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Unformatted text preview: 73-261 Econometrics November 4, 2009 Midterm 2
50 minutes. 50 points. Write answers in the Blue Book. Do not forget to write your name on it. 1. [8 points] The following regression has been run in an attempt to explain savings decisions of people in various socioeconomic groups: savings = β0 + β1income + β2married + β3income*married + u Dataset also included series black, female and ParentEduc. The distribution of variables in the dataset is representative of the general US population. What is a potential issue with this regression? How would it affect the estimates? How would you fix that issue? How would you check whether the issue is present? 2. [5 points] A friend of yours is trying to predict daily stock price movements from previousday movements. Stock price st is a positive real number, and ∆st+1 = st+1 − st. Your friend wants to find the best predictor, and plans to run the following regression: ∆st+1 = β0 + β1∆st + β2(st / st−1) + β3[log(st) − log(st−1)] + β4log(st/st−1) + u Can you anticipate a problem with this regression? What is it? How can it be avoided? 3. [7 points] You have run a regression over 10,000 observations, and the histogram of the fitted ˆ residuals ( U i 's) looks more like Uniform distribution rather than Normal. Your teammate comments that since distribution of residuals is definitely not Normal, you cannot use t-test to check significance of coefficients. Would you agree? If not, what is the property that allows you to use t-test in this situation, what are the necessary assumptions, and what exactly follows from them? 4. [10 points] Recall that cov(f,g) = E[(f−Ef)(g−Eg)], so cov(f,f) = V(f), cov(αf,g) = αcov(f,g) and cov(f,g+h) = cov(f,g) + cov(f,h). 4.a Imagine that y = β0 + β1x + u, (*) and cov(u,x) = 0. Take covariance of x with either side of (*), and solve for β1. Report your result. Call it b1 (Hint: it will be a ratio, and it should look familiar) 4.b Now imagine that cov(u,x) = 1.23. Again, take covariance of x with either side of (*). Solve for b1 ratio that you found in part 4.a. (Hint: you need to divide by something) 4.c Consider turning b1 into in estimator by replacing population moments with sample moments, Would this lead to a biased estimate of β1 under the assumptions of 4.b? Can you say whether bias is positive or negative? Whether is it toward zero or away from zero? 5.[20 points] Yet another attempt to estimate the effect of education on wage has lead to a number of regressions that are presented on the next page, along with commands that generated them. Same set of controls is omitted from each output to save space. Examine these regressions and answer the questions below. Support your answers with values of test statistics as well as p-values or critical values. p-values for t- and F-statistics are reported in the output; critical values for χ2 can be obtained from the table below. Significance level of all tests is 5%. 5.a[5 points] What are the OLS and the IV estimates of the effect of education on wage? Are they significant? 5.b[5 points] What are instruments used for educ? Which of them are relevant? 5.c [5 points] Does the endogeneity test tell us that IV correction was necessary? 5.d [5 points] Does the exogeneity test tell us that instruments are uncorrelated with residual? Note: there was a typo in lecture notes, test statistic for this test is computed as NR2, not just R2. 5% critical values for χq2 q c 1 3.84 2 5.99 3 7.81 4 9.49 5 11.07 6 12.59 7 14.07 8 15.51 9 16.92 10 18.31 ls lwage c educ exper … genr resid01=resid Dependent Variable: LWAGE Included observations: 2220 Variable Coefficient Std. Error C 4.570002 0.087359 EDUC 0.077009 0.004071 EXPER 0.089850 0.007904 R-squared F-statistic Prob(F-stat) 0.272222 54.95971 0.000000 t-Statistic Prob. 52.31293 0.0000 18.91439 0.0000 11.36827 0.0000 ls lwage c resid02 educ exper … Dependent Variable: LWAGE Included observations: 2220 after adjustments Variable Coefficient Std. Error t-Statistic C 4.152228 0.217435 19.09643 RESID02 -0.027685 0.013197 -2.097859 EDUC 0.101750 0.012475 8.155970 EXPER 0.100483 0.009384 10.70785 R-squared F-statistic Prob(F-stat) 0.273673 51.87930 0.000000 Prob. 0.0000 0.0360 0.0000 0.0000 ls educ c nearc4 nearc2 fatheduc motheduc exper … genr resid02=resid forecast educf Dependent Variable: EDUC Included observations: 2220 after adjustments Variable Coefficient Std. Error t-Statistic C 13.64333 0.335418 40.67566 NEARC4 0.260473 0.098390 2.647367 NEARC2 0.018045 0.087154 0.207043 fatheduc 0.111180 0.014597 7.616722 motheduc 0.132483 0.017068 7.762189 EXPER -0.380537 0.038297 -9.936412 R-squared F-statistic Prob(F-stat) 0.486034 115.6326 0.000000 ls resid03 c nearc4 nearc2 fatheduc motheduc exper … Dependent Variable: RESID03 Included observations: 2220 after adjustments Prob. 0.0000 0.0082 0.8360 0.0000 0.0000 0.0000 Variable C NEARC4 NEARC2 fatheduc motheduc EXPER R-squared F-statistic Prob(F-stat) Coefficient Std. Error t-Statistic -0.008334 -0.006502 0.037292 -0.004016 0.004230 -0.000525 0.002652 0.325131 0.996711 0.072067 0.021140 0.018726 0.003136 0.003667 0.008228 -0.115637 -0.307592 1.991473 -1.280567 1.153444 -0.063823 Prob. 0.9080 0.7584 0.0466 0.2005 0.2489 0.9491 ls lwage c educf exper … genr resid03=resid Dependent Variable: LWAGE Included observations: 2220 after adjustments Variable Coefficient Std. Error t-Statistic Prob. C 4.152228 0.231538 17.93323 0.0000 EDUCF 0.101750 0.013285 7.659175 0.0000 EXPER 0.100483 0.009993 10.05562 0.0000 R-squared F-statistic Prob(F-stat) 0.176020 31.38819 0.000000 ls resid01^2 c educ exper … Dependent Variable: RESID01^2 Included observations: 2220 Variable Coefficient Std. Error C 0.079842 0.058443 EDUC 0.002981 0.002724 EXPER 0.004811 0.005287 R-squared F-statistic Prob(F-stat) 0.010240 1.520192 0.089537 t-Statistic Prob. 1.366160 0.1720 1.094519 0.2738 0.909915 0.3630 ...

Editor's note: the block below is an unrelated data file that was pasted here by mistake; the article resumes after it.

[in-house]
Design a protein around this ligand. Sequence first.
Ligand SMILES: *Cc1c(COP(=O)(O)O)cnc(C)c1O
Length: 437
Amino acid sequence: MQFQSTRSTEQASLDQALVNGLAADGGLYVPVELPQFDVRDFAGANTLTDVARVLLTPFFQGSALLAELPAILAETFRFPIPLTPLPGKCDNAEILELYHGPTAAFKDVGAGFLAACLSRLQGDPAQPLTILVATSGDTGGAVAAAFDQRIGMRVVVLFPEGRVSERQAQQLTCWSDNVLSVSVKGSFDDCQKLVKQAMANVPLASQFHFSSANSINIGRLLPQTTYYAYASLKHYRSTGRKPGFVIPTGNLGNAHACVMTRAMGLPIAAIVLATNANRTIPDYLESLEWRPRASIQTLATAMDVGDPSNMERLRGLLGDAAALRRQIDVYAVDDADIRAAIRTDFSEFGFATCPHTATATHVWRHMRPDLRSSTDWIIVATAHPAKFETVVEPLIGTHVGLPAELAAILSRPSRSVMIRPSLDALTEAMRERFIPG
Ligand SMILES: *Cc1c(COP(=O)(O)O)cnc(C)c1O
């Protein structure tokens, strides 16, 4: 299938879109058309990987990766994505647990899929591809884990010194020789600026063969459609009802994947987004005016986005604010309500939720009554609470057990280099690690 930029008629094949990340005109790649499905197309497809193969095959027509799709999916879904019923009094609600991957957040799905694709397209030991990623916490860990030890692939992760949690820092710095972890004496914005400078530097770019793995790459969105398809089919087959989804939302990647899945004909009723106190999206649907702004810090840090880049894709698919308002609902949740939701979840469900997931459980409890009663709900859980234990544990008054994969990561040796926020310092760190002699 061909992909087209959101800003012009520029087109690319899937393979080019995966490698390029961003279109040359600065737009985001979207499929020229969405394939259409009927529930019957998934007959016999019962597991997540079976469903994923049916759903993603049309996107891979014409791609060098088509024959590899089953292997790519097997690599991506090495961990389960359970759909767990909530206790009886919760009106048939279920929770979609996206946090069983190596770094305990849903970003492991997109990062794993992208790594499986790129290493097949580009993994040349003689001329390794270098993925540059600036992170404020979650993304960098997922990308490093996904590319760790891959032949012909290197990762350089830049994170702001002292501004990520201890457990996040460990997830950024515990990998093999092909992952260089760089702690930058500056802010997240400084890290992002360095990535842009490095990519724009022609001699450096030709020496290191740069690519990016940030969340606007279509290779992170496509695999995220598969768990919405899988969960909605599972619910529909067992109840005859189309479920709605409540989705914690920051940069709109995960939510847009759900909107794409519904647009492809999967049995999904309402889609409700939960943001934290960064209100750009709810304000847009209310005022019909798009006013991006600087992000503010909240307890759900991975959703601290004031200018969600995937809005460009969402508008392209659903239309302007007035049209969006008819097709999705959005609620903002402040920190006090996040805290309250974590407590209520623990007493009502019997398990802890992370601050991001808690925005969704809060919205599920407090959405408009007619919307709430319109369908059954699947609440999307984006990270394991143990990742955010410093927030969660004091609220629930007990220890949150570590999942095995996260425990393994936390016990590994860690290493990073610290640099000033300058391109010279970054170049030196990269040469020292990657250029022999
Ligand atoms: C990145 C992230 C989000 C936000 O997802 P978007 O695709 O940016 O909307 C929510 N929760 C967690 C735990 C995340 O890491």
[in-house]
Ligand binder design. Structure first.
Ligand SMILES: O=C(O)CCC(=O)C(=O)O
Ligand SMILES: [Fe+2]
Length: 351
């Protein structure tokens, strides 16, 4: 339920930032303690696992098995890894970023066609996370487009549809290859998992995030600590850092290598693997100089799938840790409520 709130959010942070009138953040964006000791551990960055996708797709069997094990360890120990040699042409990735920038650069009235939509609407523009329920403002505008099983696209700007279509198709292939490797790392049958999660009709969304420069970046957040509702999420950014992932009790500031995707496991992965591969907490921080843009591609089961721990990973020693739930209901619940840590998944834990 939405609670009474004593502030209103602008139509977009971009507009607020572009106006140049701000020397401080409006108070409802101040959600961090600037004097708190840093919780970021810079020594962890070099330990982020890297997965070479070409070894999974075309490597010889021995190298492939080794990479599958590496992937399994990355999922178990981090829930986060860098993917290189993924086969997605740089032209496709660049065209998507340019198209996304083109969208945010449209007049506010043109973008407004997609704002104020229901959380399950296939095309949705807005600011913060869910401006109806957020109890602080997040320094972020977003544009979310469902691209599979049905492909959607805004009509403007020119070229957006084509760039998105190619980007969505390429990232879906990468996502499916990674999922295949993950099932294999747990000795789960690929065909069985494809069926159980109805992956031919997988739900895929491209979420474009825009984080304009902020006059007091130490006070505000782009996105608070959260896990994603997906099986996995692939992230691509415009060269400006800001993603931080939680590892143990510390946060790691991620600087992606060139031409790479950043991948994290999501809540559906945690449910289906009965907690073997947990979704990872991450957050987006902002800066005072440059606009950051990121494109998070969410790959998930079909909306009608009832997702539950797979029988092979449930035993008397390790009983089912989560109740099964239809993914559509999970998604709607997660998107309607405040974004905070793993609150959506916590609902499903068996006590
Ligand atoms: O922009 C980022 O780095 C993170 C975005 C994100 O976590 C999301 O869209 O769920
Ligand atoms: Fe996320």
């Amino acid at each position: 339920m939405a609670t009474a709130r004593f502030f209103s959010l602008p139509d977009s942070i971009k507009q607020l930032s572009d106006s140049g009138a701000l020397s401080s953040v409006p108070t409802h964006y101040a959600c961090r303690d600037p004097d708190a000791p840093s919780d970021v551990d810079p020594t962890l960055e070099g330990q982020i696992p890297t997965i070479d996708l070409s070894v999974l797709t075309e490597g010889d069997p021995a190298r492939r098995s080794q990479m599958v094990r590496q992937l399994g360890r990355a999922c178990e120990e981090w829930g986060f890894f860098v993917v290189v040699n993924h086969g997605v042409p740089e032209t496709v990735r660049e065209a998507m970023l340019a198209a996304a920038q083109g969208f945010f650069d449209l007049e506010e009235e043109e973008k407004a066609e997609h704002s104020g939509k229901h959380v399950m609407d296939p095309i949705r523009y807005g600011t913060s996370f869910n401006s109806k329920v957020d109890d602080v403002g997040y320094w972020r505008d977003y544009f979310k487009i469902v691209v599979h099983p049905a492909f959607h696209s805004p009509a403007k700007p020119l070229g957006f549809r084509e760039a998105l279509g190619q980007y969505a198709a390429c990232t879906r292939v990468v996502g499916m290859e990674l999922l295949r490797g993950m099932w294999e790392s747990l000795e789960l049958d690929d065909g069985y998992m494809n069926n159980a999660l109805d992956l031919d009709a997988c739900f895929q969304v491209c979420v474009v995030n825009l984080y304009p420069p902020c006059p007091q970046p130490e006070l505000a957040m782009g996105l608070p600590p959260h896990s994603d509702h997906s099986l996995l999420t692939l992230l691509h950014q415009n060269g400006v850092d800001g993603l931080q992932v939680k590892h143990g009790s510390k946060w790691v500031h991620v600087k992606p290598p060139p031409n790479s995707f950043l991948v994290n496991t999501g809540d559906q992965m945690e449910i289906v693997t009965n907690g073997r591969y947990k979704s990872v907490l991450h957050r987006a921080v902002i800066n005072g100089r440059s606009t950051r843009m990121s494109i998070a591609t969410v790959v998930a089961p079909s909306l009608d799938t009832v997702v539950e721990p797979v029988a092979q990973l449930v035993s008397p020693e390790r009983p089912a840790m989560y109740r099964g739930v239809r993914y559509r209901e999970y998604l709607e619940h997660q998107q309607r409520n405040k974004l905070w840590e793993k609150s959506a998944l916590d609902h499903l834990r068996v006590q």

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This note was uploaded on 01/21/2011 for the course ECON 73261 taught by Professor Kyrkv during the Spring '10 term at Carnegie Mellon.
- Spring '10